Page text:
No MeSH data available.


Related in: MedlinePlus

Correlation between mitochondrial outcomes and FMRP or FMR1 expression levels. The correlation between FMRP and FMR1 expression with a mitochondrial outcome (i.e., coupling between ATP synthesis and electron transfer or RCRu) was carried out using human primary dermal from controls, premutation carriers (105–180 CGG), and full mutation carriers (>200 CGG repeats). RCRu, FMR1, and FMRP levels were expressed as percentage of control values. Data are shown as mean ± SEM for controls, permutation, and full mutation carriers.
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Figure 4: Correlation between mitochondrial outcomes and FMRP or FMR1 expression levels. The correlation between FMRP and FMR1 expression with a mitochondrial outcome (i.e., coupling between ATP synthesis and electron transfer or RCRu) was carried out using human primary dermal from controls, premutation carriers (105–180 CGG), and full mutation carriers (>200 CGG repeats). RCRu, FMR1, and FMRP levels were expressed as percentage of control values. Data are shown as mean ± SEM for controls, permutation, and full mutation carriers.

Mentions: As a proof of concept, to test whether FMR1 gene or FMRP protein expression influence mitochondrial outcomes, we turned to human primary skin fibroblasts from premutation and full mutation carriers, as commercially available FMR1 KO mice are on a different genetic background (FVB129 or FVB129/NJ) than the ones used in this study (C57BL/6J) making the comparison invalid [see as an example for Huntington's disease, another triplet-nucleotide repeat disease (Menalled et al., 2009)]. In addition, KO mice may not recapitulate the full mutation seen in humans, since humans show no expression of FMRP over time as a result of a repeat-mediated gene silencing sometime during early development (Pieretti et al., 1991; Sutcliffe et al., 1992). To this end, FMR1 and FMRP expression were assessed in fibroblasts from controls, premutation (105–180 CGG matching the range of CGG in KI mice), and full mutation (>200 CGG repeats) carriers (Figure 4). Fibroblasts from premutation carriers showed normal or marginally elevated FMR1 transcript levels with ~50% FMRP levels of controls; in contrast, fibroblasts from full mutation carriers showed no gene or protein expression. When the link between FMR1 and FMRP expression and bioenergetics (as judged by coupling between ATP synthesis and electron transfer, RCRu) was investigated in these samples, a strong direct correlation was observed between RCRu and FMRP levels but not FMR1 mRNA levels (Figure 4).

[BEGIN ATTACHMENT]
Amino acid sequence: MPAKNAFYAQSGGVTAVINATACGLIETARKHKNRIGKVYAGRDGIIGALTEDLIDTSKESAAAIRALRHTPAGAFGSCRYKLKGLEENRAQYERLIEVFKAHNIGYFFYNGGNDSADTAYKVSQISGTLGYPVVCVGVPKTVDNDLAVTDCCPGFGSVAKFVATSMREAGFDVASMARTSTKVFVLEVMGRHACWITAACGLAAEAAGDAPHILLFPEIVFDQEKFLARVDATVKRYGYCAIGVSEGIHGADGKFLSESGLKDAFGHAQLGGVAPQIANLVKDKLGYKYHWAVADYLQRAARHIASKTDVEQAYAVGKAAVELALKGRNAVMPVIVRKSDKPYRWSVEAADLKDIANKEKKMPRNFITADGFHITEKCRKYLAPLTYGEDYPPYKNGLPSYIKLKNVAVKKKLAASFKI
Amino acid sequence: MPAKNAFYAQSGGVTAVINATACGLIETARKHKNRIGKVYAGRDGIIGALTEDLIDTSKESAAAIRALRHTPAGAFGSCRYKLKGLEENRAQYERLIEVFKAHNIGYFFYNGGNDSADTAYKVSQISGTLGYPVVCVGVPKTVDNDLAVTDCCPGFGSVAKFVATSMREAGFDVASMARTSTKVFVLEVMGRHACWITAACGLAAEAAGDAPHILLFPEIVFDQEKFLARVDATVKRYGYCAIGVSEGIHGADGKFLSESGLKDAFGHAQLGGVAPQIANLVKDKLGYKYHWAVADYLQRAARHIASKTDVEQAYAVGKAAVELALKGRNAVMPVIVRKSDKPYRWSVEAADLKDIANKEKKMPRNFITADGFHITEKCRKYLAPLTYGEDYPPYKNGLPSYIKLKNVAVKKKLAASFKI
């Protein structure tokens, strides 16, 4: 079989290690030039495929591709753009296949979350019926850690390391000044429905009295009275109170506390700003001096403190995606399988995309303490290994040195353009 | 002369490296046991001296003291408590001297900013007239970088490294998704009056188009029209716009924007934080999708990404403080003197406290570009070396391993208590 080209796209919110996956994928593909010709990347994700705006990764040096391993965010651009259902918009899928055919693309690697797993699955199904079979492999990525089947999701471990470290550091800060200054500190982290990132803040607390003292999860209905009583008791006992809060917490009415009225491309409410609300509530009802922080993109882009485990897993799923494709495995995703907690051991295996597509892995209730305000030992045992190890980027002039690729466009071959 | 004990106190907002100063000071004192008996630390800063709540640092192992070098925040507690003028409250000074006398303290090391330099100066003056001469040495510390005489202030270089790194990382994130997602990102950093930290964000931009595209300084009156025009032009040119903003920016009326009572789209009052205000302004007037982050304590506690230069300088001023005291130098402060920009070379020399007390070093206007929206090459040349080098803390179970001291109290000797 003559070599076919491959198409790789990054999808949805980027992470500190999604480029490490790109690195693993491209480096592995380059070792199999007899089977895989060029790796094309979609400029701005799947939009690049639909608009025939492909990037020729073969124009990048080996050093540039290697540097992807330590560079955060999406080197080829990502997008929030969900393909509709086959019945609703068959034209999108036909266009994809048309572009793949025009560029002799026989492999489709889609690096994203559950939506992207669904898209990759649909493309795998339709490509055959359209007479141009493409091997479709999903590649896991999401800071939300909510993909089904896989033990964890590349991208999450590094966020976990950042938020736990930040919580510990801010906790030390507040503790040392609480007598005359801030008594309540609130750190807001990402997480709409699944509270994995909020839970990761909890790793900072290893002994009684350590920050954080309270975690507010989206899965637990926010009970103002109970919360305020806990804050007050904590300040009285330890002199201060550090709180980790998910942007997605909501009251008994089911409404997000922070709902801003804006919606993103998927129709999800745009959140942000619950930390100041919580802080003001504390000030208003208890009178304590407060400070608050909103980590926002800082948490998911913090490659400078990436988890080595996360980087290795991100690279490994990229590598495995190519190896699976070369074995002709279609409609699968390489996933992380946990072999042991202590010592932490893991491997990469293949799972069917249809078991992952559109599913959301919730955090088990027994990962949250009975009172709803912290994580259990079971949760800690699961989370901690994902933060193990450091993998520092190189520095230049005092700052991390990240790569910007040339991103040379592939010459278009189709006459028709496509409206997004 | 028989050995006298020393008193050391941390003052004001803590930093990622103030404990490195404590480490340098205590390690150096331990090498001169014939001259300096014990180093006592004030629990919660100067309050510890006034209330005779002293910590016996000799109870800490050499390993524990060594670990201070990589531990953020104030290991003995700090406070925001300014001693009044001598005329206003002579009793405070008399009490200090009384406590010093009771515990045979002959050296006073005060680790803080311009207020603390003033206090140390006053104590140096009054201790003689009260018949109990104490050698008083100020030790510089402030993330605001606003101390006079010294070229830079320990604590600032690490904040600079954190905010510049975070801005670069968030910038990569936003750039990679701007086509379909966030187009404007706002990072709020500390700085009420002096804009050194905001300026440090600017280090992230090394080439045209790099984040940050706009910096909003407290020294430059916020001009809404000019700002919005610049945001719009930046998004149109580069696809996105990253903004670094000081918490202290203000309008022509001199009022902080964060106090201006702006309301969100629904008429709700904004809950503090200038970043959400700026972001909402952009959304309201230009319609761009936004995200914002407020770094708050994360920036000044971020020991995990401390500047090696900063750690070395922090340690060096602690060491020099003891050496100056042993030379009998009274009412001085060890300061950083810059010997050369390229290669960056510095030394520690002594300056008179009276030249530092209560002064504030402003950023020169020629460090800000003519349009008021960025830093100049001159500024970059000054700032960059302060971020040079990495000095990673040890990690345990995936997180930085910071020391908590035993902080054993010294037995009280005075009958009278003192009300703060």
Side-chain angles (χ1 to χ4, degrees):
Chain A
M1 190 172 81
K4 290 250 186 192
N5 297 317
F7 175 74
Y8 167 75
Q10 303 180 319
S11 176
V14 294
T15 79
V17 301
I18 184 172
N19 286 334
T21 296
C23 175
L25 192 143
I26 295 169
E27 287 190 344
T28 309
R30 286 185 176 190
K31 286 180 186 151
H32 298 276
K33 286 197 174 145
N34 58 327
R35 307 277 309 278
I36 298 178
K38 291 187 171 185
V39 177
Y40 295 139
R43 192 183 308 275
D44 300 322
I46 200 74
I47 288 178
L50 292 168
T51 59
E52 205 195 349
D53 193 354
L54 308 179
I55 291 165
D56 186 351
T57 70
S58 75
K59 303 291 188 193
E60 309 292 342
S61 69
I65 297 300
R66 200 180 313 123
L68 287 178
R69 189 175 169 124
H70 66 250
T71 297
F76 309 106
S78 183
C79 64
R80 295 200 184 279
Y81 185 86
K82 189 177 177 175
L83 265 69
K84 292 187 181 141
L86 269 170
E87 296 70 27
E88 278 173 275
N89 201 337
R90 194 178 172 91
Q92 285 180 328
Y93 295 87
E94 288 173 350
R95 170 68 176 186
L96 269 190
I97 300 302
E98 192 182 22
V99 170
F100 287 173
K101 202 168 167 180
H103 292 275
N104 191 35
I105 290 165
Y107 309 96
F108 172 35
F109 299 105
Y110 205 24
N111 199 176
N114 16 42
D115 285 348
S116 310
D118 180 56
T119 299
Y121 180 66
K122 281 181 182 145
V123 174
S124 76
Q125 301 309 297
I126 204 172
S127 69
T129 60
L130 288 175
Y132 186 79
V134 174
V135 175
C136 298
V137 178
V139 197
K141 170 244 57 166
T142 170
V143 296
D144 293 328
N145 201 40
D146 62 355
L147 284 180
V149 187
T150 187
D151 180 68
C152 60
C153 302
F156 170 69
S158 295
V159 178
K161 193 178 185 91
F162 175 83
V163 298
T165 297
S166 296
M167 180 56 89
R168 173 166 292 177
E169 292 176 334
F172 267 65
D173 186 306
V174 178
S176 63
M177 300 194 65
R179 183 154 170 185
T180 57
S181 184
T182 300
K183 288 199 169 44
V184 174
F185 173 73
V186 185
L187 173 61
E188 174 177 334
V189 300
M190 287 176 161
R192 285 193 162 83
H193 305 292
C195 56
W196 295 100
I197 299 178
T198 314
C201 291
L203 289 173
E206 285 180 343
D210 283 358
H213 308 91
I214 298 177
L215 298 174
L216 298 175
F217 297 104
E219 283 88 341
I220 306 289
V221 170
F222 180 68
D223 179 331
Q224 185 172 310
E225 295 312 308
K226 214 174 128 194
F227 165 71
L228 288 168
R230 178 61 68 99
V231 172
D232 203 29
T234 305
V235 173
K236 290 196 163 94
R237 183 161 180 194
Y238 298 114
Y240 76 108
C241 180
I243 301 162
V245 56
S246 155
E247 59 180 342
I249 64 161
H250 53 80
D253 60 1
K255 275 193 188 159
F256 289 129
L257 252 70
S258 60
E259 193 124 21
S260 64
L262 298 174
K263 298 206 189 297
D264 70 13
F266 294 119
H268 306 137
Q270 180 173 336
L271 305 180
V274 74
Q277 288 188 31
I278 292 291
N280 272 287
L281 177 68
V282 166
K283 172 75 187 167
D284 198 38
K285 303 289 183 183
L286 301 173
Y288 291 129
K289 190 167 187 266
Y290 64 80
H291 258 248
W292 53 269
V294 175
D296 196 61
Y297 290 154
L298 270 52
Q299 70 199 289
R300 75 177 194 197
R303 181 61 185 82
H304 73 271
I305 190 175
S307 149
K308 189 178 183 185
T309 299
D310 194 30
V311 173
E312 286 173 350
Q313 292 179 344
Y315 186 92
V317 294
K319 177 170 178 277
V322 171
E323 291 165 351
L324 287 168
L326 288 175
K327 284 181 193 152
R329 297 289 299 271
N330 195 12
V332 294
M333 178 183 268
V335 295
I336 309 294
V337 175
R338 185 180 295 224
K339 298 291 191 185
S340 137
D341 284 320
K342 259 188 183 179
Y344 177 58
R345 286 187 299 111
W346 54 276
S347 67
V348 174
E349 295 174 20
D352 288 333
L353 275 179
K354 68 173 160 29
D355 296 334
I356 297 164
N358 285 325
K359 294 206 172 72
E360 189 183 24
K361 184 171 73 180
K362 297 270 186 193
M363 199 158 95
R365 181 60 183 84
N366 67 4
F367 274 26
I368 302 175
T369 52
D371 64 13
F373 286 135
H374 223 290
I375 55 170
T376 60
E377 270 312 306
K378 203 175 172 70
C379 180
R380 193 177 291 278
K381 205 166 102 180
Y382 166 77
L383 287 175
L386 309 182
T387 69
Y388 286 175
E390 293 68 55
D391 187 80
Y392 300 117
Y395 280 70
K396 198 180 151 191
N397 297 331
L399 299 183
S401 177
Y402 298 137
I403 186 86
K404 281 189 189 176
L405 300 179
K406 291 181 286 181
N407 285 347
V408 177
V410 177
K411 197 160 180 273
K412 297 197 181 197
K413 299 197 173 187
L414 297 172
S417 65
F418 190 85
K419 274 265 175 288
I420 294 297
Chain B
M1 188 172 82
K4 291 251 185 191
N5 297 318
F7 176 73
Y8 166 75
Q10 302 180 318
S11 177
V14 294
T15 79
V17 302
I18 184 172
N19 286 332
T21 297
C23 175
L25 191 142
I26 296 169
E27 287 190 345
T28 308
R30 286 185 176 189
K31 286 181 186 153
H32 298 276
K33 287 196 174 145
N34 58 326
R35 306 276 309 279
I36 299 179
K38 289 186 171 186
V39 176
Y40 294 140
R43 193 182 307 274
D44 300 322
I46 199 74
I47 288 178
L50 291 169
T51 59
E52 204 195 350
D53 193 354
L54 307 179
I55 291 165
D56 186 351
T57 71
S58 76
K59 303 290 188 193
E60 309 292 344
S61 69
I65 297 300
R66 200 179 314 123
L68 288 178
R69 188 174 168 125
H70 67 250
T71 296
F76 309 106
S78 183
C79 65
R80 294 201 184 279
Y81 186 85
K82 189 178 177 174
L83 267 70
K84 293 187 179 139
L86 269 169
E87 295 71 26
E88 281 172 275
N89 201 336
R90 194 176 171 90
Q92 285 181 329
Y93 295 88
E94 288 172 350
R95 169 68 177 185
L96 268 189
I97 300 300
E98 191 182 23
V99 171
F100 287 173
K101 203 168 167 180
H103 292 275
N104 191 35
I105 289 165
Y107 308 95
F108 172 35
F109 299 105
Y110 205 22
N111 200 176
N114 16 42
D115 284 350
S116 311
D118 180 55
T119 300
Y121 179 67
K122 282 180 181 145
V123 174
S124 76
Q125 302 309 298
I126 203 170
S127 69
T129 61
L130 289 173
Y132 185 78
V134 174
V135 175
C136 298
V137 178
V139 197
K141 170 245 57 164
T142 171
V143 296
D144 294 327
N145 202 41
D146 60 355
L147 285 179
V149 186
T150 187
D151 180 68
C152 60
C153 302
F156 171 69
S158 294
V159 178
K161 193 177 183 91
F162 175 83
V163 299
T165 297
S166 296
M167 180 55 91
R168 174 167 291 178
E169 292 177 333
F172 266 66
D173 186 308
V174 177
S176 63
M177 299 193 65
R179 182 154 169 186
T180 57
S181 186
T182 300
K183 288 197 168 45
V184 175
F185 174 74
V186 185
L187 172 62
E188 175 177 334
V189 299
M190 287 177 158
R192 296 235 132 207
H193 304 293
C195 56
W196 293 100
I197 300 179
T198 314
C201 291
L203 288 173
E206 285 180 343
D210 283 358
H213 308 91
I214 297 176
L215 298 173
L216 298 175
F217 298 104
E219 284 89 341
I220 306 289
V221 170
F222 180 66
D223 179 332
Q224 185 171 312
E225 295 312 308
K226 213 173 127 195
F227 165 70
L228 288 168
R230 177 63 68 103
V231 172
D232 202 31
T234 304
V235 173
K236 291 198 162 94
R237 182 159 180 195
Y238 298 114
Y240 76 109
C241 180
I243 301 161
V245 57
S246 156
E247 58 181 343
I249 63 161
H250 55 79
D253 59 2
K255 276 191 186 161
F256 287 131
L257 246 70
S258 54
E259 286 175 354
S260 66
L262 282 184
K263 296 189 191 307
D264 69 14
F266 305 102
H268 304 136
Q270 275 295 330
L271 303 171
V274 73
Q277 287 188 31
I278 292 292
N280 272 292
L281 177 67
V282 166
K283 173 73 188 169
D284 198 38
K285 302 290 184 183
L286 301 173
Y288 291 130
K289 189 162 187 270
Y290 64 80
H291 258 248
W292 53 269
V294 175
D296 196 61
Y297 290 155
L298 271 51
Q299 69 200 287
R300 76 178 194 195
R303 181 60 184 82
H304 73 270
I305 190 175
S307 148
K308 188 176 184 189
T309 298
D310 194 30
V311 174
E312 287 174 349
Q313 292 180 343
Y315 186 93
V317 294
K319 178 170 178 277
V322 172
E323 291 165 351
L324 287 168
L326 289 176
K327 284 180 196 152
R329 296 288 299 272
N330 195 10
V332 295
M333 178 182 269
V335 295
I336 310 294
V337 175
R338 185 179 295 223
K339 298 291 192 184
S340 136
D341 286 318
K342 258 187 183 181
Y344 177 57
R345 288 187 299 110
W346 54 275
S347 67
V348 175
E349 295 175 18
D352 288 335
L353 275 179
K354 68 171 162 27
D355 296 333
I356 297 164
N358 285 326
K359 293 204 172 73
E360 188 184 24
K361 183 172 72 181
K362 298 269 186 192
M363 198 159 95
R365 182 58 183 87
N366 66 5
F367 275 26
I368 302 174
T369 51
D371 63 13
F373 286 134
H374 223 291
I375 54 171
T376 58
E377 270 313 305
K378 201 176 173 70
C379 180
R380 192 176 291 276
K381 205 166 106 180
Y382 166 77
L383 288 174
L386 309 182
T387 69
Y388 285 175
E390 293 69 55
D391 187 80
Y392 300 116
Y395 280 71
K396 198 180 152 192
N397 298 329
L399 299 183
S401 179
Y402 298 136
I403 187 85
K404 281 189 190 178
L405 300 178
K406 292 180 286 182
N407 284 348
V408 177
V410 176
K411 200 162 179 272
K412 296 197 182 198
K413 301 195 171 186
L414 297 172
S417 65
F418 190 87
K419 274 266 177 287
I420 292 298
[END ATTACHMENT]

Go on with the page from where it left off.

Premutation in the Fragile X Mental Retardation 1 (FMR1) Gene Affects Maternal Zn-milk and Perinatal Brain Bioenergetics and Scaffolding.

Napoli E, Ross-Inta C, Song G, Wong S, Hagerman R, Gane LW, Smilowitz JT, Tassone F, Giulivi C - Front Neurosci (2016)